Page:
16 Jan 09

Kosovos Marks Racak Massacre Anniversary

Kosovo Albanians gathered in the village of Racak on Thursday to mark the 10th anniversary of the massacre of more than 40 ethnic Albanians by Serb security forces, seen by many as a watershed event  that invited Western intervention in the 1998-99 guerrilla conflict with Serbia.
The massacre is one of the most hotly contested incidents of the Kosovo conflict, with Serbia still denying its role in the killings. Even the number of victims is not fixed, estimated at between 40 and 45 people. 

“Recak will not be forgotten for one century; it will remain in our collective memory,” said Kosovo President Fatmir Sejdiu at a ceremony to mark the anniversary.
Prime Minister Hashim Thaci declared that “Recak precipitated the diplomatic steps of the democratic states,” that led to the NATO bombing that expelled Serb forces from Kosovo.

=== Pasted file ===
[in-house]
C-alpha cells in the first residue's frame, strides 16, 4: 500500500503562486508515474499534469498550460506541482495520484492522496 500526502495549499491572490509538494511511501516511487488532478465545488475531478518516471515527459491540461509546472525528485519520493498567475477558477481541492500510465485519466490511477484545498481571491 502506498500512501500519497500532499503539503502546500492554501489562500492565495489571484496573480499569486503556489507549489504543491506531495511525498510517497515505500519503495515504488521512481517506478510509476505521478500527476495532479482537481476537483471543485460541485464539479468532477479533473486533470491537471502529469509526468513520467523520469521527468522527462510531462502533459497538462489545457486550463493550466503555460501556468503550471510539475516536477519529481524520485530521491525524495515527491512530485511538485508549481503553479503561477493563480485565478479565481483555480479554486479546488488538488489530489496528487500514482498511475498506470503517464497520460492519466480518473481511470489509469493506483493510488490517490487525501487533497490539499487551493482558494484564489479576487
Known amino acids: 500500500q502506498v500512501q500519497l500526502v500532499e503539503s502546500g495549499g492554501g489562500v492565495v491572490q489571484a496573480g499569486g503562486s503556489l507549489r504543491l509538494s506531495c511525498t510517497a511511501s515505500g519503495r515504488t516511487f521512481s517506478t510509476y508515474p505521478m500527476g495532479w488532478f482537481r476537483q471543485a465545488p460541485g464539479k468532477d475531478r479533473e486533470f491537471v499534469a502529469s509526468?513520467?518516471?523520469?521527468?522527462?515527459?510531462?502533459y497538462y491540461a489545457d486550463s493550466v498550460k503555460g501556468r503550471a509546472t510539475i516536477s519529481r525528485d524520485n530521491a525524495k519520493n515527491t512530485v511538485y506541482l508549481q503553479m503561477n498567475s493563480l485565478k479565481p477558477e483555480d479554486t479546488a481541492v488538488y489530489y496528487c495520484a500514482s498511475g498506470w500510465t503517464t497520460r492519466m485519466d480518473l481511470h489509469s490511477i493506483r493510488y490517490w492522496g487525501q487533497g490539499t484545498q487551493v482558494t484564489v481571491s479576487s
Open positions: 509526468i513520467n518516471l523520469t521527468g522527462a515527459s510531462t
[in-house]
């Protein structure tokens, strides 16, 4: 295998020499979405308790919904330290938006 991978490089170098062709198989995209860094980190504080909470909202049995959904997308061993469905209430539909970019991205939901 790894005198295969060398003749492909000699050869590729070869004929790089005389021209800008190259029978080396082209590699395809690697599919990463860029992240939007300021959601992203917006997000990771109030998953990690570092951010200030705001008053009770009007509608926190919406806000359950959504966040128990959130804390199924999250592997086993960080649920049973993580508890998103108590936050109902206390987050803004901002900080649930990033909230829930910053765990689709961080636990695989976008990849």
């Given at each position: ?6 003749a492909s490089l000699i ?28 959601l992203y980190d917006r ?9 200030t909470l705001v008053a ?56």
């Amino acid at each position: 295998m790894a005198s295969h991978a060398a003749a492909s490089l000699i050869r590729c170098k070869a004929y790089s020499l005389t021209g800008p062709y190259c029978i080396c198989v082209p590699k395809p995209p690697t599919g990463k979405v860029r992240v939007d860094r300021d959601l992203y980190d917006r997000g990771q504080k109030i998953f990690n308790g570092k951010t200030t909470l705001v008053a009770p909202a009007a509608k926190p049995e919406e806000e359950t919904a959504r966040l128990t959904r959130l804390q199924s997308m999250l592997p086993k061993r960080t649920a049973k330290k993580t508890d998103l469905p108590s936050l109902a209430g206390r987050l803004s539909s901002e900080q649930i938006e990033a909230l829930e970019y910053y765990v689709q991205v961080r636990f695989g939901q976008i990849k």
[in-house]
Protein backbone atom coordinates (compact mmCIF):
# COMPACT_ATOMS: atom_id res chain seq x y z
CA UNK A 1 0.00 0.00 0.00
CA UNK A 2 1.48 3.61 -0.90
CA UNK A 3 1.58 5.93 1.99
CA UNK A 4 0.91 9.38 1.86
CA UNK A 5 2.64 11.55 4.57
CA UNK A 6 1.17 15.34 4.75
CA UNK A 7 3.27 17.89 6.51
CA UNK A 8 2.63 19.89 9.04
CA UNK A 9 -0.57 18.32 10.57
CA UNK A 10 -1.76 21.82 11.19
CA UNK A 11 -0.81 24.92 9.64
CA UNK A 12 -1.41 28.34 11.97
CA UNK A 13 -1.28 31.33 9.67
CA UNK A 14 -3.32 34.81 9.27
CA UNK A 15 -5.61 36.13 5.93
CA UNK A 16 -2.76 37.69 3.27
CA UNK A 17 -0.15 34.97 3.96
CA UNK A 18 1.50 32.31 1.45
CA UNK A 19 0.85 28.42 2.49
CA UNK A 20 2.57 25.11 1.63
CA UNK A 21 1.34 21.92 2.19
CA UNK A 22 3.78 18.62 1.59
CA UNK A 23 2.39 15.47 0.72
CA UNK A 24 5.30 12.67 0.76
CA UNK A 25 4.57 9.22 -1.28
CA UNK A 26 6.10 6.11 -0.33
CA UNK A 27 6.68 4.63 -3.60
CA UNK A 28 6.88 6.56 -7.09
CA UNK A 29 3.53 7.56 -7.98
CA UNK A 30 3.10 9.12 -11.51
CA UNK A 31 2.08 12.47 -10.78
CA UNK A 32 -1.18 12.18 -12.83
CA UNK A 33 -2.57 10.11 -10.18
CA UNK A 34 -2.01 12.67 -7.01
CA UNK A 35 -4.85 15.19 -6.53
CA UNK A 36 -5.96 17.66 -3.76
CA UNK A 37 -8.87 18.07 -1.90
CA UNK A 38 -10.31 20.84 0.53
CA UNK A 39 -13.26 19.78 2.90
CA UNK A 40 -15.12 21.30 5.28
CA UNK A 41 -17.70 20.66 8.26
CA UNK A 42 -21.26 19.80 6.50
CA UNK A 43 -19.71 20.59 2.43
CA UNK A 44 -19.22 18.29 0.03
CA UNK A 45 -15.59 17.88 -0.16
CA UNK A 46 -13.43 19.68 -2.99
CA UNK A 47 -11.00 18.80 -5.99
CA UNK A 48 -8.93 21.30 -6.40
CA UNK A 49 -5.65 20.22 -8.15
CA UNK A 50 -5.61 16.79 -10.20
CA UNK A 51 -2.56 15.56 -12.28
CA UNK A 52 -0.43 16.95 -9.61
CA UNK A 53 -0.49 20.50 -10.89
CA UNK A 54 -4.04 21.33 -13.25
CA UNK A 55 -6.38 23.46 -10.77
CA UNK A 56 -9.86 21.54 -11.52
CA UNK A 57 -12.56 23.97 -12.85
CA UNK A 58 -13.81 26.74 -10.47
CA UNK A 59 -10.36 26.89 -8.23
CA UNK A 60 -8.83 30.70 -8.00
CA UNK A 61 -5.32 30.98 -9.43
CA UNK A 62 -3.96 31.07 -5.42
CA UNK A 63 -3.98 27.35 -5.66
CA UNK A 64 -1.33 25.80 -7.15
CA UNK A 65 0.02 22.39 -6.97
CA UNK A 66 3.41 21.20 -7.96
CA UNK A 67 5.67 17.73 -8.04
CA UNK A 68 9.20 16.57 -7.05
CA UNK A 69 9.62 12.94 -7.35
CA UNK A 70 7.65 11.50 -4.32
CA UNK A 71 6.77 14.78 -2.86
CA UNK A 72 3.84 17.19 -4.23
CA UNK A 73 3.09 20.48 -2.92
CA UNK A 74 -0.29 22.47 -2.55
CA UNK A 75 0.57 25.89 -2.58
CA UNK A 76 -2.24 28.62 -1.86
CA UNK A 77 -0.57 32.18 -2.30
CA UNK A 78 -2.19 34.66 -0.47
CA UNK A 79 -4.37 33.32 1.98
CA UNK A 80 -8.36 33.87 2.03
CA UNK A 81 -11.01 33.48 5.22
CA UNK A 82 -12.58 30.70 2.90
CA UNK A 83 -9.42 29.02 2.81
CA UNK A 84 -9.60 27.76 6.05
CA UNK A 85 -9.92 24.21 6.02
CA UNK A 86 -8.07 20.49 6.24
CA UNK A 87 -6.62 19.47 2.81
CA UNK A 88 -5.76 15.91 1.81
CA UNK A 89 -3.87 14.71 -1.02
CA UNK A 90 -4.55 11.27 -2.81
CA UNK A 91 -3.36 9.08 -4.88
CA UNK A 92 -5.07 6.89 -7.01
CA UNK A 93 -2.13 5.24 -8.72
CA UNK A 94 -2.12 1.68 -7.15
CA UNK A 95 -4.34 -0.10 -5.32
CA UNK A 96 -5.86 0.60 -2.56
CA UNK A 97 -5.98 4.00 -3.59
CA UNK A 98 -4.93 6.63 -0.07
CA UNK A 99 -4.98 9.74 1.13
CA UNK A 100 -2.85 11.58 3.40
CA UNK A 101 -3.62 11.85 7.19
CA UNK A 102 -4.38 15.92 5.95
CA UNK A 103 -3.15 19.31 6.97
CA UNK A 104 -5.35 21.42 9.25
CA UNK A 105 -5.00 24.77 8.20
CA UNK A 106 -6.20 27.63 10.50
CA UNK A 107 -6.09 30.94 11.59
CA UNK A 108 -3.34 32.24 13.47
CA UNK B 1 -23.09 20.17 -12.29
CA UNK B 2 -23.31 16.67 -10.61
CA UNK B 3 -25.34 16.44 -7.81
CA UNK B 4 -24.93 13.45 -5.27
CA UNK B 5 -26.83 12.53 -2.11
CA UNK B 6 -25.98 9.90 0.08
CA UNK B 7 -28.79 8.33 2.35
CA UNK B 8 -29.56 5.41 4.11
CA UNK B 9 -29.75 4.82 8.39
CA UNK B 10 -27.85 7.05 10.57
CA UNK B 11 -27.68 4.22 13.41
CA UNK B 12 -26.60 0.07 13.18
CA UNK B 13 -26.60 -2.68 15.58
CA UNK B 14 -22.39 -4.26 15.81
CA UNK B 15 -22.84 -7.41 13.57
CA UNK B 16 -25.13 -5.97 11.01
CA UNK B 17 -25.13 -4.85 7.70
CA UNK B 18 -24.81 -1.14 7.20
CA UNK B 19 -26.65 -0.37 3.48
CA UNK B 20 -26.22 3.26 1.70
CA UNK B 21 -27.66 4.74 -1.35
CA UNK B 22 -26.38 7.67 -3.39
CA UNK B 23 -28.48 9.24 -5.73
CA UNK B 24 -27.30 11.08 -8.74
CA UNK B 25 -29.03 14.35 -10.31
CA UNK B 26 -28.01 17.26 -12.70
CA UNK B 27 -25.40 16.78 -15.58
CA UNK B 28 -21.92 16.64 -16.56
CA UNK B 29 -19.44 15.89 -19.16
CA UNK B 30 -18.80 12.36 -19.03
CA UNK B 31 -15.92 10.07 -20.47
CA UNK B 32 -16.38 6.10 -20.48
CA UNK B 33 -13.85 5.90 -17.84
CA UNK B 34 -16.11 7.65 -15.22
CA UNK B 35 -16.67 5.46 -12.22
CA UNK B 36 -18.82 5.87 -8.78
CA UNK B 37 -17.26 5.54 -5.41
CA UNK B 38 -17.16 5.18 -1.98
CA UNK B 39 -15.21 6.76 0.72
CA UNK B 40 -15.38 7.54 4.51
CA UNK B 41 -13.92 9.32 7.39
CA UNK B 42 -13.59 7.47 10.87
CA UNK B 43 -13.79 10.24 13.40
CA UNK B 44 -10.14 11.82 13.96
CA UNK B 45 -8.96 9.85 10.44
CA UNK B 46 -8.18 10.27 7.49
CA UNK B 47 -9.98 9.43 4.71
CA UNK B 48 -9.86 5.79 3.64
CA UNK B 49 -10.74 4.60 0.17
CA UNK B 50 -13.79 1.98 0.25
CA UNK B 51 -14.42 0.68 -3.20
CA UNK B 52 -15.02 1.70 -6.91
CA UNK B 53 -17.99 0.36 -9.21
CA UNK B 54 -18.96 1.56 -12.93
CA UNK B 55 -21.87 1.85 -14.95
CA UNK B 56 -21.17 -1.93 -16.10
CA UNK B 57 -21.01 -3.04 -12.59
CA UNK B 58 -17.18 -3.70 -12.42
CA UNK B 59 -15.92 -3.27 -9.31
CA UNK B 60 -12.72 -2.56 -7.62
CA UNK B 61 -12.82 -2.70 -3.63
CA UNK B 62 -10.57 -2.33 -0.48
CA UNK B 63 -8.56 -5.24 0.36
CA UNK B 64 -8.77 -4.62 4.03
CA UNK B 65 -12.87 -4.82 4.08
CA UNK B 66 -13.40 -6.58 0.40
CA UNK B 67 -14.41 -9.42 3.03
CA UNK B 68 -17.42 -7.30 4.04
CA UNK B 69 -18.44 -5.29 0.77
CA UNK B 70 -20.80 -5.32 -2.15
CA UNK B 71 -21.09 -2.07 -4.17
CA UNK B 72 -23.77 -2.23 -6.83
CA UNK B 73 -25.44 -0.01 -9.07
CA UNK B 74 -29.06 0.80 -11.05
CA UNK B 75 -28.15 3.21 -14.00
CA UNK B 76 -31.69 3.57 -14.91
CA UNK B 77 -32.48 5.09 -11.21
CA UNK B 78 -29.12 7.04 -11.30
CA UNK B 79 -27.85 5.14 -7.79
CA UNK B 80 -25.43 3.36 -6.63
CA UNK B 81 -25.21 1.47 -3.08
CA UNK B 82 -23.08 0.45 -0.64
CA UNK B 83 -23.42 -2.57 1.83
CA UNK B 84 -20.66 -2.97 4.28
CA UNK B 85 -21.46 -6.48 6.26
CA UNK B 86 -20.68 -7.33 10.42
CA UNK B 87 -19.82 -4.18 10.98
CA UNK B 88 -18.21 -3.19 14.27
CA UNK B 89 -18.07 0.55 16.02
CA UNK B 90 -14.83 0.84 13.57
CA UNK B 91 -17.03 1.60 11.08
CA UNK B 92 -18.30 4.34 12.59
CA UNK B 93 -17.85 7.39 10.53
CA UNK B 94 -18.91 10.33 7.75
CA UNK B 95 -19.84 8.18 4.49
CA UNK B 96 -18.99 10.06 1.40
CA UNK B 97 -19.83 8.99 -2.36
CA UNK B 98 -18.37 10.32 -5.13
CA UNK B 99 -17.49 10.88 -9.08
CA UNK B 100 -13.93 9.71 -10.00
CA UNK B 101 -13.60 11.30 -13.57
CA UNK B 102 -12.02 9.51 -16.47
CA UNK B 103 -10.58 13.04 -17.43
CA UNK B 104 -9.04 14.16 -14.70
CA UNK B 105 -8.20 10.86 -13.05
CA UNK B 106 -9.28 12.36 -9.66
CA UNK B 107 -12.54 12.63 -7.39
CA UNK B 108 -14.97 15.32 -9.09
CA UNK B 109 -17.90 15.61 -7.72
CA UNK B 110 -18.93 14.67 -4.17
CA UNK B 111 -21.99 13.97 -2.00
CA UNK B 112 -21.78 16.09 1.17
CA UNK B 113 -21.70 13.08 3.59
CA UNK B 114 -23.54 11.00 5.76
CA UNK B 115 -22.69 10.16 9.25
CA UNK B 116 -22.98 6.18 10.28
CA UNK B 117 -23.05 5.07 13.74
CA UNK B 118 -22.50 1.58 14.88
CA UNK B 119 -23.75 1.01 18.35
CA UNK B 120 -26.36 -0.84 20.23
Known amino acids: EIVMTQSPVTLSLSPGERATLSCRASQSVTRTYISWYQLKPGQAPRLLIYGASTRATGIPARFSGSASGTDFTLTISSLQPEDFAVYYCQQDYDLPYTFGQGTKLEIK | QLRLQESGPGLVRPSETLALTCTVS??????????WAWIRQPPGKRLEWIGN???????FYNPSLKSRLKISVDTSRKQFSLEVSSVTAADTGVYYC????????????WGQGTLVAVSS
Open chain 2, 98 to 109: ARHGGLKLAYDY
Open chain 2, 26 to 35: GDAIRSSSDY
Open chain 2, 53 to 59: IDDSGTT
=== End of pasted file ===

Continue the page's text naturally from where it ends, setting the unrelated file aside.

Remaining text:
Kosovo declared independence from Serbia last February after nine years as a United Nations protectorate. At the Thursday ceremony, it invited William Walker, the diplomat who reported the massacre to the world, as a special guest, honouring him with a commemorative stamp with his picture.

“If Recak wouldn’t be there maybe Kosovar citizens would still live in fear”said the  former chief of the verifying mission of the OSCE. "The people of Recak paid a big price on what the world saw later to be ethnic cleansing.”

On Jan 15, 1999, a Serb commander reported 15 Albanian guerrillas killed in action at Racak, with no Serb casualties. But international monitors led by Walker reported a very different scene, a shallow ravine littered with the corpses of men and teenage boys, bullet-riddled, some mutilated.

When Walker called the scene a massacre, the propaganda machine of late Serb autocrat Slobodan Milosevic went into overdrive, countering with its own versions of the event. But few outside Serbia were swayed and under threat from NATO, Serbia had to join Kosovo Albanians for peace talks in Rambouillet, France, the following month.

After days of tense talks, Milosevic rejected the radical force reduction demanded by the West, and Walker and his 1,400-strong Verification Mission pulled out.  NATO began bombing on March 24.

(Reporting by Vjosa Musliu)


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